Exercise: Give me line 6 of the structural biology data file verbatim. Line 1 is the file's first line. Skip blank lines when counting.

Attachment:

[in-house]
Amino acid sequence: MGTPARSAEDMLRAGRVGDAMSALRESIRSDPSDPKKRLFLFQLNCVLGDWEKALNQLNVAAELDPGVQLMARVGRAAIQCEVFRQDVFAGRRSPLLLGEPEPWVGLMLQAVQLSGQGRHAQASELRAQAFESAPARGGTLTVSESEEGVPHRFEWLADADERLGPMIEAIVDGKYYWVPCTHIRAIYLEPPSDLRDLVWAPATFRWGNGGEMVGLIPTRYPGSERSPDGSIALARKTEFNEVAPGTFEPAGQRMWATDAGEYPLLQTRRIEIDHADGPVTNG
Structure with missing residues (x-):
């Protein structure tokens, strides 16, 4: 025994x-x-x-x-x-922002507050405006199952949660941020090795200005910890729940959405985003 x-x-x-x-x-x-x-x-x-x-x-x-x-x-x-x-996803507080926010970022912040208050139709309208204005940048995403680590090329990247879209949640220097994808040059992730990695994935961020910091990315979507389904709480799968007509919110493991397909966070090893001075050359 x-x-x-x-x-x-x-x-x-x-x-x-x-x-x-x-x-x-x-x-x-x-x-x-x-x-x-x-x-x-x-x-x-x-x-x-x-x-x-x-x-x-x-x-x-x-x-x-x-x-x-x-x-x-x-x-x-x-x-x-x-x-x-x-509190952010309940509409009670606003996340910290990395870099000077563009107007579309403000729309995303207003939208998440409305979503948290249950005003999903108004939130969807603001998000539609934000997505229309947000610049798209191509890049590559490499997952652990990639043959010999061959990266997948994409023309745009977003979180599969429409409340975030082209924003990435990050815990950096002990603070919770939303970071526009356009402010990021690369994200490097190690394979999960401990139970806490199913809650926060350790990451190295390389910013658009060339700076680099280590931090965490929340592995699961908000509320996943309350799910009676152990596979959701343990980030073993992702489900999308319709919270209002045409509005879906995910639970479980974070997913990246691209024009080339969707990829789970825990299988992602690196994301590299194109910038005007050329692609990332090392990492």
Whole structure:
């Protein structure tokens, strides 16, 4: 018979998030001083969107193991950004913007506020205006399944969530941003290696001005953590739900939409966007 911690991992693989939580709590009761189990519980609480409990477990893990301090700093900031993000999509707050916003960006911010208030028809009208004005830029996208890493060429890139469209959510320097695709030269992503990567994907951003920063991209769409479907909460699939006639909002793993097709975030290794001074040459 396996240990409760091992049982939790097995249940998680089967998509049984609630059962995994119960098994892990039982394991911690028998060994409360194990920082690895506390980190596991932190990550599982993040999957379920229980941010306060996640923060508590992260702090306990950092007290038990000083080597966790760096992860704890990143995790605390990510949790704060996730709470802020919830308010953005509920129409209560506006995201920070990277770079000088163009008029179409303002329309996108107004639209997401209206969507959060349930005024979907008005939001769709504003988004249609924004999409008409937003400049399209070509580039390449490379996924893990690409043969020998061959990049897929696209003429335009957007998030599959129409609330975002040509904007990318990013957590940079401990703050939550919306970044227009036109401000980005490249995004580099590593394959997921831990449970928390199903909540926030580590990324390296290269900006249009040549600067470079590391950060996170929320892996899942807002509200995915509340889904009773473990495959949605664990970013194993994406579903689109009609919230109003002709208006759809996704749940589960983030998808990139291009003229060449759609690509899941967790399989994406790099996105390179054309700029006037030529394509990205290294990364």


């Protein structure tokens, strides 16, 4: 018979998030001083969107193991950004913007506020205006399944969530941003290696001005953590739900939409966007 911690991992693989939580709590009761189990519980609480409990477990893990301090700093900031993000999509707050916003960006911010208030028809009208004005830029996208890493060429890139469209959510320097695709030269992503990567994907951003920063991209769409479907909460699939006639909002793993097709975030290794001074040459 396996240990409760091992049982939790097995249940998680089967998509049984609630059962995994119960098994892990039982394991911690028998060994409360194990920082690895506390980190596991932190990550599982993040999957379920229980941010306060996640923060508590992260702090306990950092007290038990000083080597966790760096992860704890990143995790605390990510949790704060996730709470802020919830308010953005509920129409209560506006995201920070990277770079000088163009008029179409303002329309996108107004639209997401209206969507959060349930005024979907008005939001769709504003988004249609924004999409008409937003400049399209070509580039390449490379996924893990690409043969020998061959990049897929696209003429335009957007998030599959129409609330975002040509904007990318990013957590940079401990703050939550919306970044227009036109401000980005490249995004580099590593394959997921831990449970928390199903909540926030580590990324390296290269900006249009040549600067470079590391950060996170929320892996899942807002509200995915509340889904009773473990495959949605664990970013194993994406579903689109009609919230109003002709208006759809996704749940589960983030998808990139291009003229060449759609690509899941967790399989994406790099996105390179054309700029006037030529394509990205290294990364």